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This is how they’re killing the Indian university


Our campuses face the biggest threat from the Sangh Parivar, which is out to stifle the free atmosphere.

Central University of Jharkhand (CUJ) associate professor Shreya Bhattacharji seems to be the latest target of the Sangh Parivar. She was suspended from the university by vice-chancellor Nand Kumar Yadav for having invited retired professor MN Panini of the Centre for the Study of Social Systems, School of Social Sciences, Jawaharlal Nehru University (JNU) to a CUJ event as the guest of honour.

In Bhattacharji’s suspension letter, Panini was identified as the mentor of the “anti-national” students from the JNU who face sedition charges, and was described as a person of disputed integrity, when it is a fact that Panini is now a distinguished professor at the Centre of Excellence for Sustainable Business Innovations, MYRA School of Business, Karnataka and was not associated with recent events at the JNU.

The CUJ authorities panicked when governor Draupadi Murmu cancelled a programme in which she was to share the dais with Panini, and now the V-C is saying that he had received threats for disrupting Panini’s lecture and having cancelled the invitation to him.

With charges against the JNU students remaining unproved, false charges are now being levelled against Panini and Bhattacharji. As an academic, Panini is concerned with rising inequalities in the process of economic growth, and Bhattacharji was the dean of the School of Languages, School of Education and the dean of students’ welfare at the CUJ.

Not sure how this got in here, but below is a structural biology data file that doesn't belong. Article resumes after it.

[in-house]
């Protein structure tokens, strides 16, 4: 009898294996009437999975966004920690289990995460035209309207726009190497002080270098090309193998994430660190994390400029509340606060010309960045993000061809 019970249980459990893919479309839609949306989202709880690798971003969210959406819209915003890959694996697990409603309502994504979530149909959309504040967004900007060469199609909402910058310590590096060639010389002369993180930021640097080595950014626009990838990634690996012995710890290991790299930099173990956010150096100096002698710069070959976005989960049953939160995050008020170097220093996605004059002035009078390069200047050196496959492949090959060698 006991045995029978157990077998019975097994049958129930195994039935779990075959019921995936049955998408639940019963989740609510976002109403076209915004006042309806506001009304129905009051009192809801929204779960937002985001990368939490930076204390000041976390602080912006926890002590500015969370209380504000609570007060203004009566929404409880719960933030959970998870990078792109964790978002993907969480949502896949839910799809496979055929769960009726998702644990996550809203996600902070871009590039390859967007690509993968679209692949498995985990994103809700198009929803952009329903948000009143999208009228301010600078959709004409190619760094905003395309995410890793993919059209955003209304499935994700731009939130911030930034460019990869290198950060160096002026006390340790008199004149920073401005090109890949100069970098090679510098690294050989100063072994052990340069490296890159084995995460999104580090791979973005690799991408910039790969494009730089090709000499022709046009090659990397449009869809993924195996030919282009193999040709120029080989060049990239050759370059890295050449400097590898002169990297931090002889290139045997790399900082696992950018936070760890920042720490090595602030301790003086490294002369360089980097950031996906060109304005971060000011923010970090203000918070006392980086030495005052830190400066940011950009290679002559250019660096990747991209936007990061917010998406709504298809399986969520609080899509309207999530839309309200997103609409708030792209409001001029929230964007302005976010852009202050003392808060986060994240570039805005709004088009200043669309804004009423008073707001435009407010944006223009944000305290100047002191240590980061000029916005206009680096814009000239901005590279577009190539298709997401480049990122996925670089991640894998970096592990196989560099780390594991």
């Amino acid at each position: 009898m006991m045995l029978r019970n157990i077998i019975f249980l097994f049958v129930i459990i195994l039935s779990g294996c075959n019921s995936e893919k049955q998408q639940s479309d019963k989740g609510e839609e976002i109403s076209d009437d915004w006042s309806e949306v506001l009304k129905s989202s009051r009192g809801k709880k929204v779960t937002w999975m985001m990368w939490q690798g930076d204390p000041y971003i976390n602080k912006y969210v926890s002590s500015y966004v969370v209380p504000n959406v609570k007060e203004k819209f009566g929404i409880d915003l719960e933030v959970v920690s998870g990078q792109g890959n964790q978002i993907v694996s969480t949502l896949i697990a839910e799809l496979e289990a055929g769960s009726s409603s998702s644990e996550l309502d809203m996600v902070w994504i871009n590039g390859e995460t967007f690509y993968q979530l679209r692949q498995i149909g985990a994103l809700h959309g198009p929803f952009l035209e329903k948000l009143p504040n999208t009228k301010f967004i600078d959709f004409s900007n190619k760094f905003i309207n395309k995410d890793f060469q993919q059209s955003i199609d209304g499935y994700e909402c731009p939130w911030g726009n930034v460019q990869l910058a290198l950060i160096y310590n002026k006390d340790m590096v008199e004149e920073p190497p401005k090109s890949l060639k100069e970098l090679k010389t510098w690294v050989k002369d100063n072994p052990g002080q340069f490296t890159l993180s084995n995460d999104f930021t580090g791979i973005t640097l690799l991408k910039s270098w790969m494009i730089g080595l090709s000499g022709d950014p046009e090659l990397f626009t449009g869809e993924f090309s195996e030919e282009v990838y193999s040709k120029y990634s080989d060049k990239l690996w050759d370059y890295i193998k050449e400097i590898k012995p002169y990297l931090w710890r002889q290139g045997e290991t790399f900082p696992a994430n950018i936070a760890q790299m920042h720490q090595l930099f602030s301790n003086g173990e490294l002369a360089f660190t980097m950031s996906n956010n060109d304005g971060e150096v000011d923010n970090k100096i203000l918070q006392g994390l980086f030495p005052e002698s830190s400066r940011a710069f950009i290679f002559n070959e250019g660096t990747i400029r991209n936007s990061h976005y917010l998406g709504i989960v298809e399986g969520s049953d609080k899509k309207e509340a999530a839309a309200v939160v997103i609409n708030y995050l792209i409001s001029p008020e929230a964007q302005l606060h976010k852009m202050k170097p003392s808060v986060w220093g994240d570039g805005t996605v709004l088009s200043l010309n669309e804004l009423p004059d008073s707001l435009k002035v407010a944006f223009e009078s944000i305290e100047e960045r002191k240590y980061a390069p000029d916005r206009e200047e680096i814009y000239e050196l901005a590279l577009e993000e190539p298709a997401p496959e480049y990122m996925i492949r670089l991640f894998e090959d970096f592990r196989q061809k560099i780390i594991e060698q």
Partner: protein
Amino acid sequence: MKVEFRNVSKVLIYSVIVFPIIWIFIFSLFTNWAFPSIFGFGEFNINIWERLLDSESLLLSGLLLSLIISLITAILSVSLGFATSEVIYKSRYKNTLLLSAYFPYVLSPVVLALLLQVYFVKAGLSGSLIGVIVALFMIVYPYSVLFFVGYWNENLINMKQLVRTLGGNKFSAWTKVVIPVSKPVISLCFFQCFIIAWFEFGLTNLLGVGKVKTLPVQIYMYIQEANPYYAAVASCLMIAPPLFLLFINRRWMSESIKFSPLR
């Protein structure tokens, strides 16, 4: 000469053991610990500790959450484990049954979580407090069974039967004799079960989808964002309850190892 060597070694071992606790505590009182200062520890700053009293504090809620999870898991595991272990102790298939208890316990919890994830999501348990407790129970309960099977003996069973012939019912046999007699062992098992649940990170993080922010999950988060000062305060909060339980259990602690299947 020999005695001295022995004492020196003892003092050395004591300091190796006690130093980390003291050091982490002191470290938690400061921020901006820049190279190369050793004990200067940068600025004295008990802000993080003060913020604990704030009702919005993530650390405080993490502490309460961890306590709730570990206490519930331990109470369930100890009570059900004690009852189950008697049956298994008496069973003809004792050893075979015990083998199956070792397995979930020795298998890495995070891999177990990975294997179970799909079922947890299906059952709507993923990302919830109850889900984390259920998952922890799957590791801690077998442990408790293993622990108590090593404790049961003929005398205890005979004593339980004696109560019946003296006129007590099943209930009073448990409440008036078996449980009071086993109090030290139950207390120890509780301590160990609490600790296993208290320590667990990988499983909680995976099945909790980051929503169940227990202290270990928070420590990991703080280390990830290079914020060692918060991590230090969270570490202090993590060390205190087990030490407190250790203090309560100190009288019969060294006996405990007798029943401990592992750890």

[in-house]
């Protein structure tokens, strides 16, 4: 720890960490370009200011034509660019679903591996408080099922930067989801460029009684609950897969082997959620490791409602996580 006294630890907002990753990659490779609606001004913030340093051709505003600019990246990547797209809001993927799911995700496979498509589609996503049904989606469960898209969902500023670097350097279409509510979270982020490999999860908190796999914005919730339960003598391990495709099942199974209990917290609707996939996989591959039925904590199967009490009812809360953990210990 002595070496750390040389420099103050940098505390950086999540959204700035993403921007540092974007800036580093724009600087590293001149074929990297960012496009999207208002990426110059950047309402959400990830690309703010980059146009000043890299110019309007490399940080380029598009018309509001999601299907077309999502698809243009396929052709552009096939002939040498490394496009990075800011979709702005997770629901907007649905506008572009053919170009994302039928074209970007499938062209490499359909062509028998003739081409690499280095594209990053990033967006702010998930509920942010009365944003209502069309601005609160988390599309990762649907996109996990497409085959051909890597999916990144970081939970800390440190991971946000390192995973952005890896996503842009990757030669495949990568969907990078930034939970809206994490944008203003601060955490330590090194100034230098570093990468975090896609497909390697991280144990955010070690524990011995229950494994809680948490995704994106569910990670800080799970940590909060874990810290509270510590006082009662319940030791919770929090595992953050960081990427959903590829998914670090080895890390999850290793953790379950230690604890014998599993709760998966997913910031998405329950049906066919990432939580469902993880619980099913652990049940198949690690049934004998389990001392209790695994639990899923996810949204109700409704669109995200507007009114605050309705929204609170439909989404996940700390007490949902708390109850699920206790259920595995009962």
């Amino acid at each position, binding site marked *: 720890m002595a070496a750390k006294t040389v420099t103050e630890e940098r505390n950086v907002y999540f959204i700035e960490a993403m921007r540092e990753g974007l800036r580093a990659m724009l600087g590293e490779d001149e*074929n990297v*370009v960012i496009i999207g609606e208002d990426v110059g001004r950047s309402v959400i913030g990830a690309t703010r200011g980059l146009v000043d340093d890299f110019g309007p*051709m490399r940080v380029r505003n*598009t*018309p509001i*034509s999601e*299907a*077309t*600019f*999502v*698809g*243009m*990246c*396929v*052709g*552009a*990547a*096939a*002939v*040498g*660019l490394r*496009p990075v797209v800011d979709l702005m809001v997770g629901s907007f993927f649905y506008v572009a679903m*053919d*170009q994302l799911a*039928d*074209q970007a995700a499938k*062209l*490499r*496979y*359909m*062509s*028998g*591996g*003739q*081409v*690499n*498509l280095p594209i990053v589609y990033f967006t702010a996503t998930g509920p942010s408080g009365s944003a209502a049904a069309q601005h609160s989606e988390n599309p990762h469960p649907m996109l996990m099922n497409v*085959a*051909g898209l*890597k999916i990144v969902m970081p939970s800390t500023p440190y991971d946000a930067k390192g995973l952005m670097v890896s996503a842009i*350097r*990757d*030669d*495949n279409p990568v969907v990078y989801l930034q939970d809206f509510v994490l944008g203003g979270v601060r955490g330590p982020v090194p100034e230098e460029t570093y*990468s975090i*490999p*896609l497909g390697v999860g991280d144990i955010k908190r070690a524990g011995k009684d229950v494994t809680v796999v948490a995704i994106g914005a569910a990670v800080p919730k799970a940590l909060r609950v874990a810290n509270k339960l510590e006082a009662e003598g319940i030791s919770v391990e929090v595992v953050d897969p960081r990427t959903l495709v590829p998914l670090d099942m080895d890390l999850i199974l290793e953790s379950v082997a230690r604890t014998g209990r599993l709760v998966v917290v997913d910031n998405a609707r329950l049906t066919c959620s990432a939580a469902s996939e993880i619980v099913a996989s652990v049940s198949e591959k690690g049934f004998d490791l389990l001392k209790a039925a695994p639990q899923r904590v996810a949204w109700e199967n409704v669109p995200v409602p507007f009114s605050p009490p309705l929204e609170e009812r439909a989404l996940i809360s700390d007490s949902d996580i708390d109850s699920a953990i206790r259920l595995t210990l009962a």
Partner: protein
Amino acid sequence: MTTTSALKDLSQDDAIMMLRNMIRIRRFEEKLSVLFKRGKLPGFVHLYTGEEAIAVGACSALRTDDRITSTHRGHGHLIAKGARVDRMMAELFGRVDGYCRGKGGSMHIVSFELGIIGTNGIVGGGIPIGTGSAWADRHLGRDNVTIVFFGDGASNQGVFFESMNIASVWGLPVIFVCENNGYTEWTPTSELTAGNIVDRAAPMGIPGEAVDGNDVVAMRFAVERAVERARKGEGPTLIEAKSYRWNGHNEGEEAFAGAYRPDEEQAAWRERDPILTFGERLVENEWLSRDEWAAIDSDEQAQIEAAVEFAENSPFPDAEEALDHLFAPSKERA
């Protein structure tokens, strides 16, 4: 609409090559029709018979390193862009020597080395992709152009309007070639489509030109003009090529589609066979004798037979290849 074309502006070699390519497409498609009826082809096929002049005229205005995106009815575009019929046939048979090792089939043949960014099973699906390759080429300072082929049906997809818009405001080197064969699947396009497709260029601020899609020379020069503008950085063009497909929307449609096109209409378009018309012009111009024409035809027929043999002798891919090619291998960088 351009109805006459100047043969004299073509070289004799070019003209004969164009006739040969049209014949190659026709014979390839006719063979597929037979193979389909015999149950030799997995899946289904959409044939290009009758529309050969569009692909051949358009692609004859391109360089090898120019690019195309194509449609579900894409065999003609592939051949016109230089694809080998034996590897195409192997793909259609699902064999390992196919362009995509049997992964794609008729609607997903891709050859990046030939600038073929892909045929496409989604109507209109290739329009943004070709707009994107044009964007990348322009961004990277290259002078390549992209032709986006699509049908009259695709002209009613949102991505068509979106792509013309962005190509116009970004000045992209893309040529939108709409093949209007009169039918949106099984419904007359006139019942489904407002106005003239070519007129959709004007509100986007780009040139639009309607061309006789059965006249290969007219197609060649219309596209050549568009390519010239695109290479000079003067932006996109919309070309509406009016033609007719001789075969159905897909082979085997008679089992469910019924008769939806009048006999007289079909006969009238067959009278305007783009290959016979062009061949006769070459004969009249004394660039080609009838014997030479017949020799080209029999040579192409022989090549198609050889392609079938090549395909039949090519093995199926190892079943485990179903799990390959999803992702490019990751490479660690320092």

Quite clearly, she was an outstanding academic as well as an able administrator. The V-C may think that the image of the university was tarnished and reputation of the V-C was put at stake by extending invitation to Panini, but the reality is that the V-C himself has damaged the reputation of not one, but two frontline academics, and vitiated the atmosphere on the campus as well as the country by bowing to the pressure of the Sangh Parivar.

A systematic process of “purge” at the country’s universities is already becoming evident, with professor Binda Paranjape of the Banaras Hindu University (BHU) being prevented from becoming the head of the History department, though it was her turn, going by the rules, and Aruna Sinha being made the head for the third time against the provisions of the BHU Act.

Corruption charges have been proved against Sinha in the past. The reason for her appointment was to pave the way for recruitment of people associated with the Rashtriya Swayamsewak Sangh at the BHU.

Of the two research students under Sinha who have been appointed assistant professors, one – Brijesh – was accused of harassment by female students of the Mahila Mahavidyalaya inside the BHU where he used to teach earlier. The other – Gyan Prakash Mishra – has been appointed as associate professor in the department of Journalism and Mass Communication without a PhD in the field or the required eight years of teaching experience.